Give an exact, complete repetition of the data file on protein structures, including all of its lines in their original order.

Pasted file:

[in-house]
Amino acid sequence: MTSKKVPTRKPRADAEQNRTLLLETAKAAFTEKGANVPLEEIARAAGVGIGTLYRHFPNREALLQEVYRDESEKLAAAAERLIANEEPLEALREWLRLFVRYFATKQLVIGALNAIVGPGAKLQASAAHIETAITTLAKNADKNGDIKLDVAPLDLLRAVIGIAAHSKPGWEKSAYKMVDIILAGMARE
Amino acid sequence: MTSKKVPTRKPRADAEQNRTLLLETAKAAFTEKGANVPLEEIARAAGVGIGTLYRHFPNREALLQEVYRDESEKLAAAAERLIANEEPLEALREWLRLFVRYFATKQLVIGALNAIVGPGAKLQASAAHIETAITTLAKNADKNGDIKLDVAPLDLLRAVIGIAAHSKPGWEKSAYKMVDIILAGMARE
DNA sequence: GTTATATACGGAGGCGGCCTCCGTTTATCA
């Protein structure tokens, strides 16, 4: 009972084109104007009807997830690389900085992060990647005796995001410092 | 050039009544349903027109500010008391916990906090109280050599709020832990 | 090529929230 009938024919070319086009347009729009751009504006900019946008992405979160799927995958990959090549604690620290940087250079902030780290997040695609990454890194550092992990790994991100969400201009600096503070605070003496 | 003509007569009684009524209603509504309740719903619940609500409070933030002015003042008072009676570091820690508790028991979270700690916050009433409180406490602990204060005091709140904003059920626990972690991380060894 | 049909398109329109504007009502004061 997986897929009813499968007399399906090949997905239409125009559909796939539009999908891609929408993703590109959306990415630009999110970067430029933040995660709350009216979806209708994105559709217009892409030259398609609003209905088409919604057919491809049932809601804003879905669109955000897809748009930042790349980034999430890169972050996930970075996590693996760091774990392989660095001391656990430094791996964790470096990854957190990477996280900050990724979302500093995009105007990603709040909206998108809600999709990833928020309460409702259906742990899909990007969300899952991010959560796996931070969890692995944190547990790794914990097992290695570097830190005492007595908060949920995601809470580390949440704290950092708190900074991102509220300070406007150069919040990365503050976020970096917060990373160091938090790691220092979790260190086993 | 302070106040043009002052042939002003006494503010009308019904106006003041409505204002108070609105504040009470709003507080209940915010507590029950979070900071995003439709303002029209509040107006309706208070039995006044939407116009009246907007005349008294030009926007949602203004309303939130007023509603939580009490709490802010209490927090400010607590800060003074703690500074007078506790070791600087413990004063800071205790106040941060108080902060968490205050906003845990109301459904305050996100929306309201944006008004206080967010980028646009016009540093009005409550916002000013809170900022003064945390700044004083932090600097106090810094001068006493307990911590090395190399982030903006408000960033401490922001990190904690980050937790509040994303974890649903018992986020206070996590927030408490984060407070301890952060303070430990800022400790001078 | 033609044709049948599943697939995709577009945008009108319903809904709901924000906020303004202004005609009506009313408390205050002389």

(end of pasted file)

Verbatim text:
[in-house]
Amino acid sequence: MTSKKVPTRKPRADAEQNRTLLLETAKAAFTEKGANVPLEEIARAAGVGIGTLYRHFPNREALLQEVYRDESEKLAAAAERLIANEEPLEALREWLRLFVRYFATKQLVIGALNAIVGPGAKLQASAAHIETAITTLAKNADKNGDIKLDVAPLDLLRAVIGIAAHSKPGWEKSAYKMVDIILAGMARE
Amino acid sequence: MTSKKVPTRKPRADAEQNRTLLLETAKAAFTEKGANVPLEEIARAAGVGIGTLYRHFPNREALLQEVYRDESEKLAAAAERLIANEEPLEALREWLRLFVRYFATKQLVIGALNAIVGPGAKLQASAAHIETAITTLAKNADKNGDIKLDVAPLDLLRAVIGIAAHSKPGWEKSAYKMVDIILAGMARE
DNA sequence: GTTATATACGGAGGCGGCCTCCGTTTATCA
């Protein structure tokens, strides 16, 4: 009972084109104007009807997830690389900085992060990647005796995001410092 | 050039009544349903027109500010008391916990906090109280050599709020832990 | 090529929230 009938024919070319086009347009729009751009504006900019946008992405979160799927995958990959090549604690620290940087250079902030780290997040695609990454890194550092992990790994991100969400201009600096503070605070003496 | 003509007569009684009524209603509504309740719903619940609500409070933030002015003042008072009676570091820690508790028991979270700690916050009433409180406490602990204060005091709140904003059920626990972690991380060894 | 049909398109329109504007009502004061 997986897929009813499968007399399906090949997905239409125009559909796939539009999908891609929408993703590109959306990415630009999110970067430029933040995660709350009216979806209708994105559709217009892409030259398609609003209905088409919604057919491809049932809601804003879905669109955000897809748009930042790349980034999430890169972050996930970075996590693996760091774990392989660095001391656990430094791996964790470096990854957190990477996280900050990724979302500093995009105007990603709040909206998108809600999709990833928020309460409702259906742990899909990007969300899952991010959560796996931070969890692995944190547990790794914990097992290695570097830190005492007595908060949920995601809470580390949440704290950092708190900074991102509220300070406007150069919040990365503050976020970096917060990373160091938090790691220092979790260190086993 | 302070106040043009002052042939002003006494503010009308019904106006003041409505204002108070609105504040009470709003507080209940915010507590029950979070900071995003439709303002029209509040107006309706208070039995006044939407116009009246907007005349008294030009926007949602203004309303939130007023509603939580009490709490802010209490927090400010607590800060003074703690500074007078506790070791600087413990004063800071205790106040941060108080902060968490205050906003845990109301459904305050996100929306309201944006008004206080967010980028646009016009540093009005409550916002000013809170900022003064945390700044004083932090600097106090810094001068006493307990911590090395190399982030903006408000960033401490922001990190904690980050937790509040994303974890649903018992986020206070996590927030408490984060407070301890952060303070430990800022400790001078 | 033609044709049948599943697939995709577009945008009108319903809904709901924000906020303004202004005609009506009313408390205050002389």